LEGISLATION CLEARING WAY: Historic Cemeteries Program would help resurrect abandoned African American graveyards throughout the state, such as Westview Cemetery in Pompano Beach and LaGrange in Brevard County. PHOTOS COURTESY OF WIKIPEDIA

POMPANO BEACH, Fla. – Efforts to restore abandoned African American cemeteries in Florida including Westview Cemetery in Pompano Beach, which is the final resting place of actress and star of Good Times Esther Rolle, secured a victory in the state Legislature.

Led by Democratic Sen. Bobby Powell, Jr., of West Palm Beach and State Rep. and House Minority Leader Fentrice Driskell of Tampa, both chambers approved House Bill 49 and SB 430, which are designed to create a Historic Cemeteries Program and help restore abandoned African American graveyards throughout the state.

Besides Westview Cemetery, also on the list are Old Groveland cemetery in the City of Groveland, Greenwood in Orange County, and LaGrange in Brevard County.

The bill calls for a task force authorized by the Legislature to conduct a study on the issue of abandoned Black cemeteries to determine funding to repair, restore and maintain the historically grave sites.

"I would like to announce that my bill SB 430 Abandoned and Historic Cemeteries has passed," said Powell. "This legislation finally gives us methods and means to identify forgotten and abandoned AfricanAmerican burial sites and recognize their locations throughout the state of Florida. It falls to this generation to honor those who came before us."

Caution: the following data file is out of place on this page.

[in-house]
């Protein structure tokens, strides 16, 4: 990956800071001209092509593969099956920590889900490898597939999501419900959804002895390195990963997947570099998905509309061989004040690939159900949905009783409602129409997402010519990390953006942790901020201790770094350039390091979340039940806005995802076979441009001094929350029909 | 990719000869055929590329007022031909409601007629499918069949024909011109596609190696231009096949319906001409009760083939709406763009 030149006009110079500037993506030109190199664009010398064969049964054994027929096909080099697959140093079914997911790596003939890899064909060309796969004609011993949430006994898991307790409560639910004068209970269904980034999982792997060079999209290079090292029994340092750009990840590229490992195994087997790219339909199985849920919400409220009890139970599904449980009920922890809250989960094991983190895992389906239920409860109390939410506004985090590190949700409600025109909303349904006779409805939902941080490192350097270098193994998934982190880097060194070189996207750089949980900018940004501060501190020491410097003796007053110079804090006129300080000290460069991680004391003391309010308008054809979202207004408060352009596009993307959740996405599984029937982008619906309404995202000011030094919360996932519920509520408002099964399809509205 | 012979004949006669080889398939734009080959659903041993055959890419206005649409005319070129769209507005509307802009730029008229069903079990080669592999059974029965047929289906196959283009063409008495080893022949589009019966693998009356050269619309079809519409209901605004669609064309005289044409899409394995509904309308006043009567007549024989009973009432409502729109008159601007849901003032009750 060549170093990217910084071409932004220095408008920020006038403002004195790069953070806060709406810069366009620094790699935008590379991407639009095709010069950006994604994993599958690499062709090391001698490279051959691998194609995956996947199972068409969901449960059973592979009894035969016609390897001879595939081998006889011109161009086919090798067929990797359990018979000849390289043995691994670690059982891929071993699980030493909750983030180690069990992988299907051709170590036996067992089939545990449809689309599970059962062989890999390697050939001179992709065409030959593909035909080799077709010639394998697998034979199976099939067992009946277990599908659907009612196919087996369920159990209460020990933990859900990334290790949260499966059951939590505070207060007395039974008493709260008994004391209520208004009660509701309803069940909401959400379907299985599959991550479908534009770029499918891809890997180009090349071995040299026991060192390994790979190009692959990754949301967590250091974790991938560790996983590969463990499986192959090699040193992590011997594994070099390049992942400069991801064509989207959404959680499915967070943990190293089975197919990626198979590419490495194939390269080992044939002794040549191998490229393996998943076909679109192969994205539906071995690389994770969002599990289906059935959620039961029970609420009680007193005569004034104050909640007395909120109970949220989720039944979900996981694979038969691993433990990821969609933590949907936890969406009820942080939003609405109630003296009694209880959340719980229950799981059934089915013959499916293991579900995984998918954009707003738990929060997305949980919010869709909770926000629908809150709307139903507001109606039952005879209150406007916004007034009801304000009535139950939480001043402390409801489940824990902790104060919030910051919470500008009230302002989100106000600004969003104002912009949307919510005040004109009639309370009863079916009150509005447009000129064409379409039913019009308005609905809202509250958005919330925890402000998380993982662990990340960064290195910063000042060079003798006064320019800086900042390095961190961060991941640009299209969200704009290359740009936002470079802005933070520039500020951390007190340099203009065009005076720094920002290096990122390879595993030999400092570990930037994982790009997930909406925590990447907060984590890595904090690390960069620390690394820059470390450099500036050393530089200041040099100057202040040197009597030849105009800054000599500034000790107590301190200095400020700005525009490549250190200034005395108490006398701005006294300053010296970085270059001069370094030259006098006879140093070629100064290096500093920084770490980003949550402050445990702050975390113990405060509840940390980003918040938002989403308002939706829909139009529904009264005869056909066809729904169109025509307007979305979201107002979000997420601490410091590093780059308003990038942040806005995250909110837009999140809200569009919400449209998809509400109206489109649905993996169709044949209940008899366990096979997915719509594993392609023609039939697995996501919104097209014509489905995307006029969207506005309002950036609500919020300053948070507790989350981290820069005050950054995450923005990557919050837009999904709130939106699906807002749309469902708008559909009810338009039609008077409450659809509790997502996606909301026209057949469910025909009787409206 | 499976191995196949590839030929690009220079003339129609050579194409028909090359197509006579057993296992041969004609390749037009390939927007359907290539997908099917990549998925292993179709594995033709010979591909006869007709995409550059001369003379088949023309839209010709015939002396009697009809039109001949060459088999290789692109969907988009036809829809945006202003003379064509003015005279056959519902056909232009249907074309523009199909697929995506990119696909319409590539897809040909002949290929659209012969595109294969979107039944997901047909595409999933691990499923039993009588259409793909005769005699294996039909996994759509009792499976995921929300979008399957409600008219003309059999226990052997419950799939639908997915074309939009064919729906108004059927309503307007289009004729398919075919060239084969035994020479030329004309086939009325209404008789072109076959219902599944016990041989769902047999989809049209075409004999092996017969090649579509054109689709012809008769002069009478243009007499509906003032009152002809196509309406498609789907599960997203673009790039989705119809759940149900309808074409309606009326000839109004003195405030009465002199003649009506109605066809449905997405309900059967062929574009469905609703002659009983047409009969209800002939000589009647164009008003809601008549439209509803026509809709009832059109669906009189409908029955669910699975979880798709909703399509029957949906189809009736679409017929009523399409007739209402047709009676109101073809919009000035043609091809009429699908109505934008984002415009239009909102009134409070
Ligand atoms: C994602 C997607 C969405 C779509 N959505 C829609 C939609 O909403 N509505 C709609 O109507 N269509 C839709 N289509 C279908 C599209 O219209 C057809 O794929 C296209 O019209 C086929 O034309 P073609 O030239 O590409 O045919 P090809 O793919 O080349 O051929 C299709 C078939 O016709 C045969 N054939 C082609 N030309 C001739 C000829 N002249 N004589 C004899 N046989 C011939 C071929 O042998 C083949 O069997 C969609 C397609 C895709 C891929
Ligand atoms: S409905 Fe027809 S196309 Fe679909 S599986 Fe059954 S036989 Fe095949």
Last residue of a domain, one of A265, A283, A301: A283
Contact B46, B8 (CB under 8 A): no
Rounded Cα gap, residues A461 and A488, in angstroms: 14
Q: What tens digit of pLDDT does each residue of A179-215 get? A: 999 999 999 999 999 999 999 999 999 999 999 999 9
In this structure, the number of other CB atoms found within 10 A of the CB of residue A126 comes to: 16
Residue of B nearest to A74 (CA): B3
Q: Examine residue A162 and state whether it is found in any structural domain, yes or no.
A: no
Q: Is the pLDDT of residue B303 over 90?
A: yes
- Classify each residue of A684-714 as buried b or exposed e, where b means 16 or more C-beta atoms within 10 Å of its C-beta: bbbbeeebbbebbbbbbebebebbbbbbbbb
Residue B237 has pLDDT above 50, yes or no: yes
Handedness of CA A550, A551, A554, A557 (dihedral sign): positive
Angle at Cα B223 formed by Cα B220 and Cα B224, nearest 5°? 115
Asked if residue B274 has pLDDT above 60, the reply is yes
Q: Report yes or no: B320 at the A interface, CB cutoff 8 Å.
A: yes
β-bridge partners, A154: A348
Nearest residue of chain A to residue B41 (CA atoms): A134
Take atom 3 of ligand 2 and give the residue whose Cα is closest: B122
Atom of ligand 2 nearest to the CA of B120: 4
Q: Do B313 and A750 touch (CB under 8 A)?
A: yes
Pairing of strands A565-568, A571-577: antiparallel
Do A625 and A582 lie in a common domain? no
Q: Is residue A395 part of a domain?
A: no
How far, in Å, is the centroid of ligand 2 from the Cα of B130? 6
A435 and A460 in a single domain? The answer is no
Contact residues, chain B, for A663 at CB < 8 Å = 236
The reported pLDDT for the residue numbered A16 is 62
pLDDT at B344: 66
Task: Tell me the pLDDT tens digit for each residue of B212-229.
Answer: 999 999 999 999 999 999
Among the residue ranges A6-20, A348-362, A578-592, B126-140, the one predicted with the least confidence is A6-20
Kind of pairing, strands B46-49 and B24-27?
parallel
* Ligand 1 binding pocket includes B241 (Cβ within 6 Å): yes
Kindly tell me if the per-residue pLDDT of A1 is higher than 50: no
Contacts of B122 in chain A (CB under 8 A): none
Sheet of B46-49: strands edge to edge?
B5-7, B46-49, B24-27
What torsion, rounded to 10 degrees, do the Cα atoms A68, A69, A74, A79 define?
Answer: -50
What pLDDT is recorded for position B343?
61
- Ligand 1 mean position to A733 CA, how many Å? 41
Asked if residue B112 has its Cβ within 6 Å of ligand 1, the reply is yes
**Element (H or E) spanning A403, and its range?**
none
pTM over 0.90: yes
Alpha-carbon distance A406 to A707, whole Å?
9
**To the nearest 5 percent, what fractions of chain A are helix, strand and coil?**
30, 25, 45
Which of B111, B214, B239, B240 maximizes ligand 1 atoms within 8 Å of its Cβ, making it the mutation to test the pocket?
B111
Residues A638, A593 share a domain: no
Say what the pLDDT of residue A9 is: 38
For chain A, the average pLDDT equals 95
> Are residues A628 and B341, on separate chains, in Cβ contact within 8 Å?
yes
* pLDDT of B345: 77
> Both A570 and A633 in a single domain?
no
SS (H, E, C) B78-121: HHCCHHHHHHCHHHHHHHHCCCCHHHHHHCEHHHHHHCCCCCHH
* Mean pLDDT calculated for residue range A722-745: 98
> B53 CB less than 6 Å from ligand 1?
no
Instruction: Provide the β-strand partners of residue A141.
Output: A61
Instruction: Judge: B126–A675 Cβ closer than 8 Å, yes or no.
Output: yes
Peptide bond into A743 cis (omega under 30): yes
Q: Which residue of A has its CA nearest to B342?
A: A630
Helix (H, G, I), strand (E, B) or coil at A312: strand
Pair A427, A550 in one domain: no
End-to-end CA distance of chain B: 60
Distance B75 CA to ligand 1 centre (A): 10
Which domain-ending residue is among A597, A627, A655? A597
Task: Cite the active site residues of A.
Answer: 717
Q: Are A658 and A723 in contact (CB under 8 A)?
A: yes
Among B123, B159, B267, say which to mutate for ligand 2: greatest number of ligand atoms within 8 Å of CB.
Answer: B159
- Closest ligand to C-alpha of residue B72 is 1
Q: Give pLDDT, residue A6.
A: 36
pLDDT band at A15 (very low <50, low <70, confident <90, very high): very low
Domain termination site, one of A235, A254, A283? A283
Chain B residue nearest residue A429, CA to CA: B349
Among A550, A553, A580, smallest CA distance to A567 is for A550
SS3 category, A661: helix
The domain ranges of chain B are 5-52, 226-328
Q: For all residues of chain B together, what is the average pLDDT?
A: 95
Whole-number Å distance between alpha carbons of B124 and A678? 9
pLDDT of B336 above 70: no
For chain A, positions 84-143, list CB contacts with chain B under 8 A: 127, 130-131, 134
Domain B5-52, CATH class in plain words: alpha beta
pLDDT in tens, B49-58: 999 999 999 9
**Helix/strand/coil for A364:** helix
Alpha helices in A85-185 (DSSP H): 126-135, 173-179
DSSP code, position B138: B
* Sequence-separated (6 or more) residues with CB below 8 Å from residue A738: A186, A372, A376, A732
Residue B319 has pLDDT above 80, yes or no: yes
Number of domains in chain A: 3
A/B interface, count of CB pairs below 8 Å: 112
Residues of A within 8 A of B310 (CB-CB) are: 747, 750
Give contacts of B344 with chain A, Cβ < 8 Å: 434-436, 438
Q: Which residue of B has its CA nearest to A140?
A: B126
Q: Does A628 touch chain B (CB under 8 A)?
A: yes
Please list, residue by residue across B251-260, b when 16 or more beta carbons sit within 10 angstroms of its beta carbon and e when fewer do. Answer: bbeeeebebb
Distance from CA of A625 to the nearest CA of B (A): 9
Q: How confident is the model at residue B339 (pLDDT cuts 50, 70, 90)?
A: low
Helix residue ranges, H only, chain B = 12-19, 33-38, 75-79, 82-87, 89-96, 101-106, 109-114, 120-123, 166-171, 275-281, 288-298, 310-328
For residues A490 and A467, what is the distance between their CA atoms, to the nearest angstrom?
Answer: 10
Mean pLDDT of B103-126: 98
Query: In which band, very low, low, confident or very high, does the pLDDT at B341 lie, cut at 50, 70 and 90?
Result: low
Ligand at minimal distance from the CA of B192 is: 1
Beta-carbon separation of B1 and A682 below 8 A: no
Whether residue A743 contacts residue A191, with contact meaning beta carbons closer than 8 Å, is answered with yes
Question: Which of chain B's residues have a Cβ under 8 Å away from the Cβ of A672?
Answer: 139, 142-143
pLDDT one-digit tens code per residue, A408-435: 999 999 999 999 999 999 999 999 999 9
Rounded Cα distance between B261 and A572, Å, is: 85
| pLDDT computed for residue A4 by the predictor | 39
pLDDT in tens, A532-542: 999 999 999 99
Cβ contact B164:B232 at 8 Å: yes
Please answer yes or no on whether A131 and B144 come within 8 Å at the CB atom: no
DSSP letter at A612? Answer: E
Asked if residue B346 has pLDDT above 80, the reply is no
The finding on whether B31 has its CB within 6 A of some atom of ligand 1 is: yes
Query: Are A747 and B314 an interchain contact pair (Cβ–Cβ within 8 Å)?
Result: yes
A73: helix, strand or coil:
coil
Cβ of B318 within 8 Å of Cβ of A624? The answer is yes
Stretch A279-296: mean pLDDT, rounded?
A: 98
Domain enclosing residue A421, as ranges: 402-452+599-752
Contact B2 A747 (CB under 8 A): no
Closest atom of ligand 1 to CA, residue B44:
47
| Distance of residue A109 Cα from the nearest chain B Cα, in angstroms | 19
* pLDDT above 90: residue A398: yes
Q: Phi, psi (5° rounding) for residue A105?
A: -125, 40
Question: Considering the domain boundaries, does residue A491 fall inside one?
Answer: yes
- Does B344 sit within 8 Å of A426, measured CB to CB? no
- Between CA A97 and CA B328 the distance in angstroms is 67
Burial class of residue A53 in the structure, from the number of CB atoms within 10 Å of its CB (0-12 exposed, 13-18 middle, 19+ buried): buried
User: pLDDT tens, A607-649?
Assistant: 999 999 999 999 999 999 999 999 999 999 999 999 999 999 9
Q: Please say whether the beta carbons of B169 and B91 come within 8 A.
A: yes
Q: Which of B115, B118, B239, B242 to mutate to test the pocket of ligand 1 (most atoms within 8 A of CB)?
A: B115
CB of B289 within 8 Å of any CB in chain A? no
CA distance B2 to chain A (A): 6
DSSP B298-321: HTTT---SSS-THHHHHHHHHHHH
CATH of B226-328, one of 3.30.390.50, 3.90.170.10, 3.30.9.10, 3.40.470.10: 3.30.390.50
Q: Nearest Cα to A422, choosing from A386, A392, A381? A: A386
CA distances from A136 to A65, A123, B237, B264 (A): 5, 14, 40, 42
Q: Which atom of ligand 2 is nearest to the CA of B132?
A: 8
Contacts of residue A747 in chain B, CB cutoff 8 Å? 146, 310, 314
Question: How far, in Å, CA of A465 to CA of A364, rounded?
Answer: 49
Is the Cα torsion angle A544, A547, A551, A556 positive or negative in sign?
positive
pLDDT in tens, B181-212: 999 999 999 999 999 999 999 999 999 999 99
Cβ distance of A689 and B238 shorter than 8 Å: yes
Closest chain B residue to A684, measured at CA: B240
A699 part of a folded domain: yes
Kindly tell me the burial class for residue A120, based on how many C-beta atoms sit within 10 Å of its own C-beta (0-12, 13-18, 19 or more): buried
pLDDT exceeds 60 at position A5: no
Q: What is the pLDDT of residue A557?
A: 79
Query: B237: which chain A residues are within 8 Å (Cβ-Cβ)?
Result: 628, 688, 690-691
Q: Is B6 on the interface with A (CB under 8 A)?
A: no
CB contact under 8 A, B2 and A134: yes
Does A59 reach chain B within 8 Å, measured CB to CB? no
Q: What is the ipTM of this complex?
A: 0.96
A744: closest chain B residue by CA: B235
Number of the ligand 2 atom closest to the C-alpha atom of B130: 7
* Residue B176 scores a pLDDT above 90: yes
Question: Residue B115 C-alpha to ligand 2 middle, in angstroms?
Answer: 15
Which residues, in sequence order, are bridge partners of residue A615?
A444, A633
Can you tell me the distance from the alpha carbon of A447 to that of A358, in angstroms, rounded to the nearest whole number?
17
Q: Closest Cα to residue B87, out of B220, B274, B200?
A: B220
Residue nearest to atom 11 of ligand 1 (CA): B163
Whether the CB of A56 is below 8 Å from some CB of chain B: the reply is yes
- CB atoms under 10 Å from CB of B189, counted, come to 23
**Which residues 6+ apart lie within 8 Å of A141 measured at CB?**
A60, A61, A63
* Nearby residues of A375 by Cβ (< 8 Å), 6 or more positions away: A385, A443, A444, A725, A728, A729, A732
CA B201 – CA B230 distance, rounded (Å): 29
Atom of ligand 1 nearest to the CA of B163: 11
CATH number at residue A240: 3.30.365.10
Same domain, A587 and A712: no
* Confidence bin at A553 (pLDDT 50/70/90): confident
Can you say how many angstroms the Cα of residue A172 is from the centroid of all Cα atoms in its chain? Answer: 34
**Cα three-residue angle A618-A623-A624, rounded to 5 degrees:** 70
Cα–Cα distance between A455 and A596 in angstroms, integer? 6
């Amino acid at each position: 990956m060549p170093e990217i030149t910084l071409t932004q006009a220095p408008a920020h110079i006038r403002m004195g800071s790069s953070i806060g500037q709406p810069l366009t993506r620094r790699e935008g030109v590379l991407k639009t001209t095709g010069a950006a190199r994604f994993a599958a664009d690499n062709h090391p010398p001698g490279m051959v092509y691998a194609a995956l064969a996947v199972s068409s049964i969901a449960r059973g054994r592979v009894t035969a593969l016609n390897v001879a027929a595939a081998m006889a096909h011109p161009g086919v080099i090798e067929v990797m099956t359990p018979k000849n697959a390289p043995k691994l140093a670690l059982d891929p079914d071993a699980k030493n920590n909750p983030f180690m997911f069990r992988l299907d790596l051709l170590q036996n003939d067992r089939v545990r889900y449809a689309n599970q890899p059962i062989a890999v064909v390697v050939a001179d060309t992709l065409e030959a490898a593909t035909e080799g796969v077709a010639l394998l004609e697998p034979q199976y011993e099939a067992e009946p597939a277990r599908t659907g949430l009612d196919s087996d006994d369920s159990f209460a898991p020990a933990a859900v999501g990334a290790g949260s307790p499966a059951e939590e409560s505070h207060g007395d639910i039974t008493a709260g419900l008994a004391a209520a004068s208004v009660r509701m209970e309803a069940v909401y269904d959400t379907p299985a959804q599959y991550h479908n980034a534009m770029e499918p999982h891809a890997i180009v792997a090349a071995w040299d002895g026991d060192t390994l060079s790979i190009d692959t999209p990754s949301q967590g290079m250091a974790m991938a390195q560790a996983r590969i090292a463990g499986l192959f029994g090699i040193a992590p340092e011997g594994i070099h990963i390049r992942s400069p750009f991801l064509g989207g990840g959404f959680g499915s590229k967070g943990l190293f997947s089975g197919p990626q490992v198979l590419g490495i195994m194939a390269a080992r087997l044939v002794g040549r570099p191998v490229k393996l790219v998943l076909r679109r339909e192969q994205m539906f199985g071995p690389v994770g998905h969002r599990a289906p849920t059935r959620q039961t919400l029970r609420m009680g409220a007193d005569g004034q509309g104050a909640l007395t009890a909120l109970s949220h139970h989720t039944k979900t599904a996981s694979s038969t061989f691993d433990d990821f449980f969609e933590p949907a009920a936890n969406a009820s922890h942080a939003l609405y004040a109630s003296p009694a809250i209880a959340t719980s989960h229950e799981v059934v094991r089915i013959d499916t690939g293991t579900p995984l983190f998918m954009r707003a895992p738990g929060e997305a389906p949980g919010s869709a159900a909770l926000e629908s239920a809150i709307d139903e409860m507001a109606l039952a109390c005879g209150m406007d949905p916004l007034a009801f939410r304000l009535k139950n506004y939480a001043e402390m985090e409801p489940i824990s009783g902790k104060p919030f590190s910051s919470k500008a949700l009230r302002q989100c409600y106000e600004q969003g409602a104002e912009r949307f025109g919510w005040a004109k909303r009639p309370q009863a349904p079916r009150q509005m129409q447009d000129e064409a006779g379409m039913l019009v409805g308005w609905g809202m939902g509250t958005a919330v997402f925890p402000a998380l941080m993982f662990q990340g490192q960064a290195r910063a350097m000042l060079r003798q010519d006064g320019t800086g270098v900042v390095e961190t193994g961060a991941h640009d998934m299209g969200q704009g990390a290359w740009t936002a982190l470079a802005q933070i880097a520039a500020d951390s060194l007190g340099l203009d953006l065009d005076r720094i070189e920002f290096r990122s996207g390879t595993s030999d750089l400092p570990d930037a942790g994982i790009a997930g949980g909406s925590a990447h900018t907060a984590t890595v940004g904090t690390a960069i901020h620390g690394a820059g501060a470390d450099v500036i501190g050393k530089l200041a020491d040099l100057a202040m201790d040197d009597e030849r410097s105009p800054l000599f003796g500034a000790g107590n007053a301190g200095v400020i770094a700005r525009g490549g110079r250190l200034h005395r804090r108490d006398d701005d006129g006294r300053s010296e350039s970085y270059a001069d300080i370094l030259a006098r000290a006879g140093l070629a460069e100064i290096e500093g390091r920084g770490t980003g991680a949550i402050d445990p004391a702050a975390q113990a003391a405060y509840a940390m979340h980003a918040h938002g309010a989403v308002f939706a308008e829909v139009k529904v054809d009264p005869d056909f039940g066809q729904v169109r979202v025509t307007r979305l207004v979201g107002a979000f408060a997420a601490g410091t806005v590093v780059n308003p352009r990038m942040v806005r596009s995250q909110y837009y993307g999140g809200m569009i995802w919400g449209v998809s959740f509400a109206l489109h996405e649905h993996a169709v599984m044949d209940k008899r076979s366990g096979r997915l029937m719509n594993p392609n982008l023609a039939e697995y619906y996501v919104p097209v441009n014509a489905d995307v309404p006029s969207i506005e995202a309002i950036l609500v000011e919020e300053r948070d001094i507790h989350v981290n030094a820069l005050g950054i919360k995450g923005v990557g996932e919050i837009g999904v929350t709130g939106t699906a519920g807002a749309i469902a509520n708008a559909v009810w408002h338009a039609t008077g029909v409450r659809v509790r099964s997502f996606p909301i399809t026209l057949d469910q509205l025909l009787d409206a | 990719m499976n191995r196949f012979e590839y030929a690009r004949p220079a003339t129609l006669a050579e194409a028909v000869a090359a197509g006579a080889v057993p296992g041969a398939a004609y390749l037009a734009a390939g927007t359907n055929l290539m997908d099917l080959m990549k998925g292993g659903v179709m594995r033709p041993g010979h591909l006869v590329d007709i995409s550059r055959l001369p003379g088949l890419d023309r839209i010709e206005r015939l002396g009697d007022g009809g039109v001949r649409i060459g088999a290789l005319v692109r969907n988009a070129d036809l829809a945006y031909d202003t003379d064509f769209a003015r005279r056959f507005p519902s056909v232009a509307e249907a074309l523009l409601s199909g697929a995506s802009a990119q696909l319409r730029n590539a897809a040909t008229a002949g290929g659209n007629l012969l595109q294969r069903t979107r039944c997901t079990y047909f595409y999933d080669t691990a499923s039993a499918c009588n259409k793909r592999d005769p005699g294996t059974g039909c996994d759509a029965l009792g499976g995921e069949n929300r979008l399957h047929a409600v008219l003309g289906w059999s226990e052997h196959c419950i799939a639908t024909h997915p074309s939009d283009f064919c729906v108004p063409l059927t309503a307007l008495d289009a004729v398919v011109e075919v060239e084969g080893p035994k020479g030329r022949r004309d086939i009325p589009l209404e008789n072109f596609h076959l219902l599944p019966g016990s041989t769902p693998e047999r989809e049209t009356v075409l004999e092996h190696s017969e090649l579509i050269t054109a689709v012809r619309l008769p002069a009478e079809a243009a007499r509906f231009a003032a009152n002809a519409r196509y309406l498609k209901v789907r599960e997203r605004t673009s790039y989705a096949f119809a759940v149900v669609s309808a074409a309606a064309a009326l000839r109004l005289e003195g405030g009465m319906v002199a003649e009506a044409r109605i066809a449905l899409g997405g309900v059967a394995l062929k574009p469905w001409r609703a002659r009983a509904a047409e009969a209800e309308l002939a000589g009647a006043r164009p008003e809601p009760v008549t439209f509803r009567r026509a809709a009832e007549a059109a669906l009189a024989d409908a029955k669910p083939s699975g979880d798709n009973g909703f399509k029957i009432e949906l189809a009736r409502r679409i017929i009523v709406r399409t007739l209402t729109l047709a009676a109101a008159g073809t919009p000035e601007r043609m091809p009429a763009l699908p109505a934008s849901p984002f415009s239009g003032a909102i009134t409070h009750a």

Restoring and maintaining the Westview Cemetery in Pompano Beach might be complicated.

The legislation could symtie the sale of the 4.5acre land at 1900 N.W. 24th Street, which has been in disarray over the years. African American activists have been fighting to preserve the cemetery as an historic landmark.

But the issue landed in the courts before the legislation passed. A lawsuit to stymie the sale of the Westview Cemetery was dismissed in Broward County Circuit Court last year and the case is scheduled to be heard in the Fourth District Court of Appeal this year.

The cemetery association’s board of trustees voted in 2021 to sell the land, which is the final resting place for about 400 Pompano Beach natives and residents, to KZ Copans, a development company, for an estimated $1.2 million.

The Westview Cemetery was built in 1952 during segregation for Blacks who lived in Pompano Beach where they could be buried and a church formed the cemetery’s association.

KZ Copans was planning to build industrial warehouses, a distribution center and a storage facility on the land.

Orlando Sen. Geraldine Thompson, a Democrat, said it’s important to preserve historic Black cemeteries such as Greenwood and LaGrange, where slain civil rights leaders July Perry and Harriette and Harry T. Moore were buried.

"There is so much in terms of our culture," Thompson said, "so much in terms of our heritage, so many lives that were lived, so many sacrifices that were made, and we need to honor those individuals."